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keith lockey

Hartford Hall History

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Can anyone put me onto a good site for Hartford Hall history. Everytime I google it I get real estate. I've found some but they are sporadic and not what i want. One thing I want to know about is this mysterious gray lady ghost. Cheers all.

Edited by keith lockey

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Hartford Hall was built in 1811 for William Burdon it was built of stone from Hartford Quarry . After the Burdon family left in the 1930 Mr .Thompson of Red Stamps Stores leased the Hall . in 1939 / 45 the Army used the Hall

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Hartford Hall Grey Lady Ghost? You sure you're not getting mixed up with Delaval Hall, Keith?

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Hartford Hall Grey Lady Ghost? You sure you're not getting mixed up with Delaval Hall, Keith?

That's the point, Mercuryg. It was my brother who told me about the gray lady of Hartford Hall. I had never heard of it - but I had read about the white lady of Delaval Hall. To be honest I cannot find a thing about the gray lady so maybe my brother has gotten mixed up. That's why I flagged it up on this site - to see if anyone knew anything.

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Interesting; a quick google returns this entry....

Haunted Hotels in North West England

www.nightsinthepast.com/haunted_hotels_north_west.htmlShare

Originally a manor house and nunnery, Hartford Hall is situated in the village of the ... Otherworldly residents include a grey lady known affectionately as "Lady ...

However, that Hartford Hall is not our Hartford Hall!

I must say I have an interest in such things, and have read many books on the subject, and have never come across a mention of Hartford Hall.

(BTW, how are you these days? We used to be acquainted some years ago, Northumberland Arms, I am the legendary Deaf Steve....)

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Interesting; a quick google returns this entry....

Haunted Hotels in North West England

www.nightsinthepast.com/haunted_hotels_north_west.htmlShare

Originally a manor house and nunnery, Hartford Hall is situated in the village of the ... Otherworldly residents include a grey lady known affectionately as "Lady ...

However, that Hartford Hall is not our Hartford Hall!

I must say I have an interest in such things, and have read many books on the subject, and have never come across a mention of Hartford Hall.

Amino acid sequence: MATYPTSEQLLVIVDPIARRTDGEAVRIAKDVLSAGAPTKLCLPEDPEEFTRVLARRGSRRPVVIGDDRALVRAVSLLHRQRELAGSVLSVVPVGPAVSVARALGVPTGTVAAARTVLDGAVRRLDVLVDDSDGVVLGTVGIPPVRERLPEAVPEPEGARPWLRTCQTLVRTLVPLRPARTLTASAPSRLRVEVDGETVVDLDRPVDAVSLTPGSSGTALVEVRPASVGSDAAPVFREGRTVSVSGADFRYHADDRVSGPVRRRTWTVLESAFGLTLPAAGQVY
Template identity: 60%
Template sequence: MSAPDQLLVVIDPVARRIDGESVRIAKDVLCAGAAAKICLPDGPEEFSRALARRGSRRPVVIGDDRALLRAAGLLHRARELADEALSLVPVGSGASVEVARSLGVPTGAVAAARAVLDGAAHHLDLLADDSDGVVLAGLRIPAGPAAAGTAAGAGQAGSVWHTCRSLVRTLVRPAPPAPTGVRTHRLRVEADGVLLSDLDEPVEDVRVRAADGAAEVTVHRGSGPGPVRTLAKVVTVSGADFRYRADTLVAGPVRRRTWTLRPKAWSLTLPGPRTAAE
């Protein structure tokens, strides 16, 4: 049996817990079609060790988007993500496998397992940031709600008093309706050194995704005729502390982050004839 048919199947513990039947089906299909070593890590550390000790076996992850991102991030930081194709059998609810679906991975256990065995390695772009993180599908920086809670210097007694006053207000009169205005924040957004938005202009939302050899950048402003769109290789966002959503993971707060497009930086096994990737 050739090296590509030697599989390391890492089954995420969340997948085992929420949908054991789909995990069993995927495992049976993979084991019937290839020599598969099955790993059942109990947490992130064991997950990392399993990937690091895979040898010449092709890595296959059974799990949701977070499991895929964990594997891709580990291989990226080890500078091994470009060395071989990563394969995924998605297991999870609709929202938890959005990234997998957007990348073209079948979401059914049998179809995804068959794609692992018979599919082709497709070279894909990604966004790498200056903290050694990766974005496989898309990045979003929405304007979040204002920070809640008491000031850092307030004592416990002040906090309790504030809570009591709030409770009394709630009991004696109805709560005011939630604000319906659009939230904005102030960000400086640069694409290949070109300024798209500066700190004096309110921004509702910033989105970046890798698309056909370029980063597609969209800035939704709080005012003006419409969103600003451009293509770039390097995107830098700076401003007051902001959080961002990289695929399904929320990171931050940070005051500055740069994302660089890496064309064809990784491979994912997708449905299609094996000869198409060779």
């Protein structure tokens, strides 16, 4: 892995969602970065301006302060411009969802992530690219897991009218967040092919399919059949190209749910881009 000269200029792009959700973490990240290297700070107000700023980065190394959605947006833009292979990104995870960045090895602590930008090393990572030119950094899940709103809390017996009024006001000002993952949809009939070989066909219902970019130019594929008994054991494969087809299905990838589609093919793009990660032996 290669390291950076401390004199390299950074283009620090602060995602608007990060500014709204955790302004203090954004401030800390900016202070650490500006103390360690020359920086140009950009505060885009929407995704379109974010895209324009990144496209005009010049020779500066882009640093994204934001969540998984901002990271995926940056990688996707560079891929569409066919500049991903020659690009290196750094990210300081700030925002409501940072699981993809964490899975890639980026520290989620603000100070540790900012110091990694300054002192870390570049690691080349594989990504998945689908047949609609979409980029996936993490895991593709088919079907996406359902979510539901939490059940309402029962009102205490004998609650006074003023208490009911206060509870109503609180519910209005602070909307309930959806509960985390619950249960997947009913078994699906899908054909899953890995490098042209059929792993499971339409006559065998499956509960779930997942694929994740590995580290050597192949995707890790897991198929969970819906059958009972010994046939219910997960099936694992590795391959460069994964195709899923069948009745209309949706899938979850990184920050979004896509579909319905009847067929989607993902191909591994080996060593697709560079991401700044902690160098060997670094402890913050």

(BTW, how are you these days? We used to be acquainted some years ago, Northumberland Arms, I am the legendary Deaf Steve....)

Hi Legendary Deaf Steve, how are you? Thanks for the link. I have a few books and sites as well on the subject but nothing on this mysterious gray lady at H H. My brother used to work there for a while and he says the story was well known by the staff. Something about a woman throwing herself off the dome!!! As Toyah Wilcox said "It's a mystery, It's a mystery."

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Hartford Hall was built for William Burdon in 1811 to a disign by William Stokoe of Newcastle upon Tyne.

It was built of stone from Hartford Quarry and erected on land owned by Mr Burdon's mother, who was a Wharton.

IT actually was called Hartford House and only became Hartford Hall when the old Hall on the south side of the river was demolished in 1850.

Augustus Burdon was responsible for the buildings changes over the years to what we knew it before being converted into many houses for private families.

Augustus Burdon was a keen freemason and it was he who built onto the original building beginning in about 1878.

The building project was a huge task and he included a gentlemans residence in the programme.

A huge reception room was built replacing the cottage at the west end.

Extensive servants quarters were built too replacing the much smaller ones on the east end.

Various conservatories were erected too throughout the property.

The original stable block was also replaced and moved to the eat away from the Hall.

The wrought iron gates, a very touchy subject these days, when they were removed and never replaced, were purchased from the Paris Art Exhibition in 1859.

On the south face of the east wall there was a sundial, i don't know if it is still there, but this dated 1783. It was said to come from a site very near to the Hall, but where i cannot say as my research

came to a dead-end.

The Burdons eventually left Hartford Hall and it was leased to a Mr Thompson who owned the grocery chain of Thompson Stores in the early 1930's.